In the spring of 2006, I completed a permaculture course. For a final project, I worked with Green Acres residents Ann Kreilkamp and Sylvia Van Bruggen to establish a neighborhood plan. Their enthusiasm was infectious, so we looked into the neighborhood again. When we realized we weren't quite ready to buy, a nice rental turned up on 8th street.

Our year on 8th street went much better than our time in various commuter apartments. Kimberly enjoyed her daily walks to IU through all four seasons. I took the GOES and Habitat Stewards courses and kept a low profile with my sustainable gardening activities at first. But I eventually observed that among the five houses on the block, there were already four organic gardens, an orchard, two or three compost piles, two backyard wildlife habitats, a greenhouse and a passive solar home. Neighbors started turning up at permaculture events.

As we became involved with GANA events and the Neighborhood Plan, it gradually dawned on us what a gem this place was. Residents of four and five decades missed the days when children playing in the streets and yards bound the community together. These elders especially seemed to appreciate efforts to recapture a lost sense of place through neighborhood events, signs, rain gardens and traffic calming. Since many had seen so much of the world used up in their lifetimes, they also encouraged all efforts to make Green Acres a sustainable village. Our landlords seemed delighted with our straw mulches, native plantings, leaf mold bins and tiny vegetable plot, having done plenty of organic gardening when they lived on the property long ago.

When we began to look for a house in spring of 2007, we focused on Green Acres. Yes, it was noisy and carved by traffic. But young families were starting to move in. The neighborhood plan was complete and GANA was full of energy. We looked beyond what the neighborhood was, to what it was becoming again.

We finally bought a house on Edwards Row. In July, while hauling boxes and furniture, we realized that this was our first move to a place where we already knew people. One of Kimberly's colleagues had lived in our house for 28 years. Our neighbor Stan two doors up told us about seeing our house built fifty years ago, on an open field at the edge of town.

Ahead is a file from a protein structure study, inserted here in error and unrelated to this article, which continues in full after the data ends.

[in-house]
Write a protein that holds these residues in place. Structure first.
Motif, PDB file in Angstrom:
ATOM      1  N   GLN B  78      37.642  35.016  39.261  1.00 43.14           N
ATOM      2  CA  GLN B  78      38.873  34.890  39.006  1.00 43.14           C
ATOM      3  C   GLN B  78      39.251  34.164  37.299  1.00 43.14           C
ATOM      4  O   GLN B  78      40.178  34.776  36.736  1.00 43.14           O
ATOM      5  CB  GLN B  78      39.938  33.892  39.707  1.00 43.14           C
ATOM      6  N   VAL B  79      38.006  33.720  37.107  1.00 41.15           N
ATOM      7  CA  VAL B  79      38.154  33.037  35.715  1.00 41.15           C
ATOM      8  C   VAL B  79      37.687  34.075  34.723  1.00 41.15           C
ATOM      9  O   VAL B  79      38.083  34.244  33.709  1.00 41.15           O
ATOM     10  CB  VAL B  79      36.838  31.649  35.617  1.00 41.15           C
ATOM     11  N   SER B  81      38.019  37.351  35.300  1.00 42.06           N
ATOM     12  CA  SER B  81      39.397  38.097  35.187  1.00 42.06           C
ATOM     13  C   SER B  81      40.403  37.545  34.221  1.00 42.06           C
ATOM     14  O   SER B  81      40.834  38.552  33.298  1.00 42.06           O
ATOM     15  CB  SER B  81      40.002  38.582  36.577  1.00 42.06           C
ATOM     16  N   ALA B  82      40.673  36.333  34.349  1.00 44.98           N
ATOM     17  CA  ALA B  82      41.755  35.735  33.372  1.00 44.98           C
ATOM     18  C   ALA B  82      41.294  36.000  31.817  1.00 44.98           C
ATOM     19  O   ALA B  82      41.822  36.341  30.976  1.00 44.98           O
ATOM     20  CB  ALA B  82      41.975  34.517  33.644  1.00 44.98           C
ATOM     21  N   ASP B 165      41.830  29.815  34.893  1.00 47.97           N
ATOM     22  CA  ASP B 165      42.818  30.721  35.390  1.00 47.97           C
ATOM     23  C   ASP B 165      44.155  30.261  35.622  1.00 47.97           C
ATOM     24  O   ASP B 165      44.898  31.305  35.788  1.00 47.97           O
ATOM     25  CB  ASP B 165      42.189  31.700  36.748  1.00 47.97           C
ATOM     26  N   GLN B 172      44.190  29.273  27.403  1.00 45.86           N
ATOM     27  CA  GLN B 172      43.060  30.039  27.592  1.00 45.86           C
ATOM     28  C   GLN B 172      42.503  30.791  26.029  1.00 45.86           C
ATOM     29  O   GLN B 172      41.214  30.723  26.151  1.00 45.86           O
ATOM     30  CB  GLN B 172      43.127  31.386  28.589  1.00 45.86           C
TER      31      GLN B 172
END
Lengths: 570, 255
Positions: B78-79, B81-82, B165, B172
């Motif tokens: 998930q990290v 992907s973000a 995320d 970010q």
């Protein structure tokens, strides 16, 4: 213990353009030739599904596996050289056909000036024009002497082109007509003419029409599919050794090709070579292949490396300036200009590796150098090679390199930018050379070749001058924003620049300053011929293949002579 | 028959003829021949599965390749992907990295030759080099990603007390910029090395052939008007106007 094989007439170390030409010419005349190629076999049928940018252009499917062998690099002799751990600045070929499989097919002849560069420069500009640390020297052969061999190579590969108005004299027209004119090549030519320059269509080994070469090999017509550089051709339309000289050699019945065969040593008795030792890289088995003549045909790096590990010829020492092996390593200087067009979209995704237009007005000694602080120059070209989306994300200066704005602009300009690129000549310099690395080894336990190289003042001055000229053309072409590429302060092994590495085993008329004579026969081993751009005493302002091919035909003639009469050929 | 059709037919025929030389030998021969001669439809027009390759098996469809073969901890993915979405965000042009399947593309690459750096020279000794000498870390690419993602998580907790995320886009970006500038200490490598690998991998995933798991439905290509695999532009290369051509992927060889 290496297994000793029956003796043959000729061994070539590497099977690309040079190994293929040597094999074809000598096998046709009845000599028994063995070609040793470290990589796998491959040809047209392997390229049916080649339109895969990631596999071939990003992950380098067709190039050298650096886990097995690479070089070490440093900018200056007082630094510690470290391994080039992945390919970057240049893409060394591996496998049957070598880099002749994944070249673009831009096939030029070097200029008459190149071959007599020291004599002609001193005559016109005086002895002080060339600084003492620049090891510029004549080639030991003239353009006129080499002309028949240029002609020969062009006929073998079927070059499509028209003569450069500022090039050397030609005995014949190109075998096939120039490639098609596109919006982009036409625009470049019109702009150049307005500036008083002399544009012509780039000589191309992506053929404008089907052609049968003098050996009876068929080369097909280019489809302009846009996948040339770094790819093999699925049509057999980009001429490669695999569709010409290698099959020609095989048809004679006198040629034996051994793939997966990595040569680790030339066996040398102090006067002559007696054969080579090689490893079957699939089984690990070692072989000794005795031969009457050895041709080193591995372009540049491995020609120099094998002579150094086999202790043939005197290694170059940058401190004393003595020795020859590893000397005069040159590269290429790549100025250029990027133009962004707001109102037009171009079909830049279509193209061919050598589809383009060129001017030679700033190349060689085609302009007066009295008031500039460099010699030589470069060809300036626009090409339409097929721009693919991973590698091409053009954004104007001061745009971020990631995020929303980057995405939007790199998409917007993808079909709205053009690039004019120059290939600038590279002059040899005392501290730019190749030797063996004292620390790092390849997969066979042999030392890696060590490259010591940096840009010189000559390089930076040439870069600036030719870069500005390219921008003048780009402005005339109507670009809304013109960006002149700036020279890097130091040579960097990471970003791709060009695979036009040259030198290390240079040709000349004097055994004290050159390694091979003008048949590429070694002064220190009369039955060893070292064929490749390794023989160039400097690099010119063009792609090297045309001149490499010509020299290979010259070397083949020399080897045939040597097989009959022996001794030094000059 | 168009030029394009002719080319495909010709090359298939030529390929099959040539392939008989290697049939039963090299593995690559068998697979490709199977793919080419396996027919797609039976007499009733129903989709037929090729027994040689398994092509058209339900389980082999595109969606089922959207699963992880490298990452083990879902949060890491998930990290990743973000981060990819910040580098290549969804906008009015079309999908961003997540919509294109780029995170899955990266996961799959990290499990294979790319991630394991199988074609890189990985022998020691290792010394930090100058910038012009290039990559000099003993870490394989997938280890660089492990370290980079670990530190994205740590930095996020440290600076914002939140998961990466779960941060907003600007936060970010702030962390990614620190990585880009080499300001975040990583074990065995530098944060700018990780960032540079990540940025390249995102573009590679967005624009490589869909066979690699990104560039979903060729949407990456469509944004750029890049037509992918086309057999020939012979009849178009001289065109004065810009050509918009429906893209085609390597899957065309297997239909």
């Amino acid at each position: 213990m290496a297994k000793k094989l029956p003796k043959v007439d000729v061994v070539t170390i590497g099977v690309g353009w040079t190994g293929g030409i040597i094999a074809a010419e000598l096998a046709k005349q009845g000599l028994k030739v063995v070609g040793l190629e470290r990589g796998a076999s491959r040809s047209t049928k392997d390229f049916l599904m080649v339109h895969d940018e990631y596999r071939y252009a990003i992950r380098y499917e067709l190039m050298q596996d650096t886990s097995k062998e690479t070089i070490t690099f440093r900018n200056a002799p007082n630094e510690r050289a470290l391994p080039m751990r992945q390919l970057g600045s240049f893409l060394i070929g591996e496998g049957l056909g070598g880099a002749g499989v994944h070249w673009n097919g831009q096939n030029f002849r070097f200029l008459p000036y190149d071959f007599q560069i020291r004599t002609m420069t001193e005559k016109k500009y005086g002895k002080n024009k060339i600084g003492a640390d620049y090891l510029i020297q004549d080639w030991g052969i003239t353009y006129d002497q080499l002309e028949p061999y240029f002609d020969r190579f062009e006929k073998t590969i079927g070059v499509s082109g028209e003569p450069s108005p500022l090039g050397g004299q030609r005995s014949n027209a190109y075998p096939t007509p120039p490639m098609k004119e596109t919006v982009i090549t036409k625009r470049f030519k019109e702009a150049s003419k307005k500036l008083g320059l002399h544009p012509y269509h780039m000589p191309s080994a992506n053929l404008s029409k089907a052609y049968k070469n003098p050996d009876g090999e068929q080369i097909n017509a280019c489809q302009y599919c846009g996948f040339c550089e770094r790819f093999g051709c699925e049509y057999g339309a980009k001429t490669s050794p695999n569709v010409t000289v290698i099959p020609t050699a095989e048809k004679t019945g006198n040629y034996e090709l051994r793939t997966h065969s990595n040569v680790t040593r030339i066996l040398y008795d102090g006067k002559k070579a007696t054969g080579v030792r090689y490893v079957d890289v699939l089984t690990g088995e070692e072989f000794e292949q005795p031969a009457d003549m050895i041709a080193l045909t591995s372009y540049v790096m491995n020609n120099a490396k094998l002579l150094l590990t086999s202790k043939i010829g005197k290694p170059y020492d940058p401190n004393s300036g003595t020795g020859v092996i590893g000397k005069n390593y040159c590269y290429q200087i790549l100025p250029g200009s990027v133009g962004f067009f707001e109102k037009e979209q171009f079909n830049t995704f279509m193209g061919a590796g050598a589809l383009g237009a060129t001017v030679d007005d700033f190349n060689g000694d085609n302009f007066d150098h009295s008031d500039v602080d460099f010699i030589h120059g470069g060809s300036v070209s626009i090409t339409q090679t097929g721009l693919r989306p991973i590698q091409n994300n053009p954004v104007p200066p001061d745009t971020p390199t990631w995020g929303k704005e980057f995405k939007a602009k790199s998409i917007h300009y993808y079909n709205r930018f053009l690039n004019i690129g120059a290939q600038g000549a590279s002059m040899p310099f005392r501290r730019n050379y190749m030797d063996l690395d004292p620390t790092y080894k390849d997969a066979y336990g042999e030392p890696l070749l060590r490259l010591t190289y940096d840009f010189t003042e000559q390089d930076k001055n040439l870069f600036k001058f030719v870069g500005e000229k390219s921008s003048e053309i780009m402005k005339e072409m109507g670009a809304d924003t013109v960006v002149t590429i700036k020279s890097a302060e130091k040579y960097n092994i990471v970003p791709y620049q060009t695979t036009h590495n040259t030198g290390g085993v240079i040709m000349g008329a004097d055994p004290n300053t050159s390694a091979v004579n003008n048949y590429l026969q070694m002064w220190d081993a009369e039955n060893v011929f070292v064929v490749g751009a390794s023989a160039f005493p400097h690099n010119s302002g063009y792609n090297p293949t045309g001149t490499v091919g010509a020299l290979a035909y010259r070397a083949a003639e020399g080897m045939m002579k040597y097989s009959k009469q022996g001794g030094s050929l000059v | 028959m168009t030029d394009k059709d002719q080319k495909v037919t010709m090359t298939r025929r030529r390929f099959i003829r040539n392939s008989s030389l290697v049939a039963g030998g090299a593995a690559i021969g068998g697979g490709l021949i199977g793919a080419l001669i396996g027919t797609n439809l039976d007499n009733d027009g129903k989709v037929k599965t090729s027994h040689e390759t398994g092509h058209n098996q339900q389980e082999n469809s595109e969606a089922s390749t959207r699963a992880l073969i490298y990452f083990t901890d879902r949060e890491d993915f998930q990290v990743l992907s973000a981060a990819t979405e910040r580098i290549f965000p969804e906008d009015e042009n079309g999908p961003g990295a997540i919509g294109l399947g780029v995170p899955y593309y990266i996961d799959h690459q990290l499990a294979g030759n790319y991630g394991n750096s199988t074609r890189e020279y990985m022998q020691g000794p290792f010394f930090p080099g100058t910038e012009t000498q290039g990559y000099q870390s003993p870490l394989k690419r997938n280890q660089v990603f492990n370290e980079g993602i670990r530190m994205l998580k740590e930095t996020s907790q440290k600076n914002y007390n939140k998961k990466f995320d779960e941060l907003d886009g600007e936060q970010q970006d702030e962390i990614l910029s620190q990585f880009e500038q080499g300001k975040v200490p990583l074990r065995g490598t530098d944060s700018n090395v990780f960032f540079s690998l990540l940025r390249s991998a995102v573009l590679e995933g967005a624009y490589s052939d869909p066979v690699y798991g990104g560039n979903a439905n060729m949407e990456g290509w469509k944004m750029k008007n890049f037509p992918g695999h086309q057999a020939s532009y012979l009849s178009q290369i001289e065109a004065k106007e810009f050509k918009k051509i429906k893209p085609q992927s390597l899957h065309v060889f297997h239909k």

The house has plenty of yard space and an unshaded south-facing roof. We've begun a program of energy upgrades which we hope will culminate in geothermal heating and cooling and solar panels on the roof. The neighboring yards sport plenty of native and edible plants. We have begun planting trees, flowers and salad greens in the yard. They seem to be setting down roots. So are we.

View full story>>

Monday, October 1, 2007

For Sale: 323 Hillsdale Drive N

NOTE: Property sold 11/27/07 for $131,000
(near 8th st)
0.4933 acre lot (84' x 247')
1,501 sq ft + 787 sq ft unfinished basement
4 bedroom 1.5 bath
Attached 1-car garage
1955 Ranch with aluminum siding,
gazebo, covered porch, storage building
MLS # 10048868
Listing Agent: Zach Craig
Broker: RE/MAX Acclaimed Properties
(details at homefinder.com)

View full story>>

Neighborhood Improvement Grant

Here's the Letter of Intent we have submitted to Bloomington's Neighborhood Improvement Grant Program:

GANA currently uses temporary signs to announce monthly meetings and neighborhood events such as plant shares and parades. However, the signs are now heavily weathered due to frequent use. To establish a better sense of place (Neighborhood Plan, Objective 1.2), GANA proposes to replace these signs with permanent installations bearing the GANA logo, the words GREEN ACRES, and weatherproof, transparent slots to display meeting and event announcements. To support our goal of being an exemplary “green” neighborhood, the new signs would use durable natural building materials such as cob and recycled wood. These lend themselves to volunteer labor and diverse design (see drawings, ATTACHED).

Sketches by Nathan Harmon

We would start with simple but permanent signs at several prominent intersections and neighborhood entrances. Eight signs may require $3,200 of donated labor and $3,200 in matching funds for materials, professional services and equipment rental. Next, we would upgrade selected signs with structures and landscaping. Two sheltered cob benches with paving may require a total of $6,200 in donated labor and $7,600 in matching funds. GANA would recruit volunteers and donations from past and present neighbors, neighborhood churches and service organizations, and the local Permaculture guild.

Watch this space for pictures and further background on this project!

View full story>>